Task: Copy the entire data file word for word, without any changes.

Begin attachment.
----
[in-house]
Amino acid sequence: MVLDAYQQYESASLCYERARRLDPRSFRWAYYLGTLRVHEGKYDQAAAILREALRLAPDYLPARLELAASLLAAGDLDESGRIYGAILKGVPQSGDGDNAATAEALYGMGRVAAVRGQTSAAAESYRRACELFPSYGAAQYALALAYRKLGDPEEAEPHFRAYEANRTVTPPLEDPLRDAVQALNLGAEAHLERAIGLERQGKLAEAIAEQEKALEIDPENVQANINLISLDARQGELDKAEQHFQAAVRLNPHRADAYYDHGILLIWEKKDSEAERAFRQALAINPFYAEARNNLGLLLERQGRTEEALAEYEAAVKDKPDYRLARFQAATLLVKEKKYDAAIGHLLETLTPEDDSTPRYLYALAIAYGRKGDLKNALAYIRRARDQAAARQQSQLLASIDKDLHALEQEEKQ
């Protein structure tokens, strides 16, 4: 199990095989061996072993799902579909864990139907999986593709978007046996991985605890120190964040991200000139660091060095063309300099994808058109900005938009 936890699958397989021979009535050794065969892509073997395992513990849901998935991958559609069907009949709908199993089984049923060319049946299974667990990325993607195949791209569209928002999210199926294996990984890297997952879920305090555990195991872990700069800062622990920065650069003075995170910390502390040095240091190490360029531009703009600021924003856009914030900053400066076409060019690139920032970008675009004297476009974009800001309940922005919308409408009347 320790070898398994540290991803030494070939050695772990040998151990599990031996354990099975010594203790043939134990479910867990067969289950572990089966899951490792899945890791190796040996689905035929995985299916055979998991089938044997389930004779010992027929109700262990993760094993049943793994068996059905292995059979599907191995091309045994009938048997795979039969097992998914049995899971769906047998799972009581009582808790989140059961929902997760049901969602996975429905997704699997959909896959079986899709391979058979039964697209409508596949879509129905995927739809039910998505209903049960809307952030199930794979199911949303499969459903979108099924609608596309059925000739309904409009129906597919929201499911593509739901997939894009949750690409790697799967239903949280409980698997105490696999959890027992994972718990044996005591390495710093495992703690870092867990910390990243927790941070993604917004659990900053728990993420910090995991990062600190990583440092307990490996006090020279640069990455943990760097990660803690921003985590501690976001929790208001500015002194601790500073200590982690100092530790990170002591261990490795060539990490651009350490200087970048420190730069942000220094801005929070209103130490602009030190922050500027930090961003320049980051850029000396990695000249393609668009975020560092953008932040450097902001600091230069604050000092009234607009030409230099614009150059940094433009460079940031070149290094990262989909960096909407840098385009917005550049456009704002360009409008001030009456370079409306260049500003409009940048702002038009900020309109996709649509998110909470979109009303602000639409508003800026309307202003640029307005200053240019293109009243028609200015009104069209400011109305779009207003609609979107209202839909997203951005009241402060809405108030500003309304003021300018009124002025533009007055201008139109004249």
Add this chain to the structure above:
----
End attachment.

[in-house]
Amino acid sequence: MVLDAYQQYESASLCYERARRLDPRSFRWAYYLGTLRVHEGKYDQAAAILREALRLAPDYLPARLELAASLLAAGDLDESGRIYGAILKGVPQSGDGDNAATAEALYGMGRVAAVRGQTSAAAESYRRACELFPSYGAAQYALALAYRKLGDPEEAEPHFRAYEANRTVTPPLEDPLRDAVQALNLGAEAHLERAIGLERQGKLAEAIAEQEKALEIDPENVQANINLISLDARQGELDKAEQHFQAAVRLNPHRADAYYDHGILLIWEKKDSEAERAFRQALAINPFYAEARNNLGLLLERQGRTEEALAEYEAAVKDKPDYRLARFQAATLLVKEKKYDAAIGHLLETLTPEDDSTPRYLYALAIAYGRKGDLKNALAYIRRARDQAAARQQSQLLASIDKDLHALEQEEKQ
């Protein structure tokens, strides 16, 4: 199990095989061996072993799902579909864990139907999986593709978007046996991985605890120190964040991200000139660091060095063309300099994808058109900005938009 936890699958397989021979009535050794065969892509073997395992513990849901998935991958559609069907009949709908199993089984049923060319049946299974667990990325993607195949791209569209928002999210199926294996990984890297997952879920305090555990195991872990700069800062622990920065650069003075995170910390502390040095240091190490360029531009703009600021924003856009914030900053400066076409060019690139920032970008675009004297476009974009800001309940922005919308409408009347 320790070898398994540290991803030494070939050695772990040998151990599990031996354990099975010594203790043939134990479910867990067969289950572990089966899951490792899945890791190796040996689905035929995985299916055979998991089938044997389930004779010992027929109700262990993760094993049943793994068996059905292995059979599907191995091309045994009938048997795979039969097992998914049995899971769906047998799972009581009582808790989140059961929902997760049901969602996975429905997704699997959909896959079986899709391979058979039964697209409508596949879509129905995927739809039910998505209903049960809307952030199930794979199911949303499969459903979108099924609608596309059925000739309904409009129906597919929201499911593509739901997939894009949750690409790697799967239903949280409980698997105490696999959890027992994972718990044996005591390495710093495992703690870092867990910390990243927790941070993604917004659990900053728990993420910090995991990062600190990583440092307990490996006090020279640069990455943990760097990660803690921003985590501690976001929790208001500015002194601790500073200590982690100092530790990170002591261990490795060539990490651009350490200087970048420190730069942000220094801005929070209103130490602009030190922050500027930090961003320049980051850029000396990695000249393609668009975020560092953008932040450097902001600091230069604050000092009234607009030409230099614009150059940094433009460079940031070149290094990262989909960096909407840098385009917005550049456009704002360009409008001030009456370079409306260049500003409009940048702002038009900020309109996709649509998110909470979109009303602000639409508003800026309307202003640029307005200053240019293109009243028609200015009104069209400011109305779009207003609609979107209202839909997203951005009241402060809405108030500003309304003021300018009124002025533009007055201008139109004249």
Add this chain to the structure above: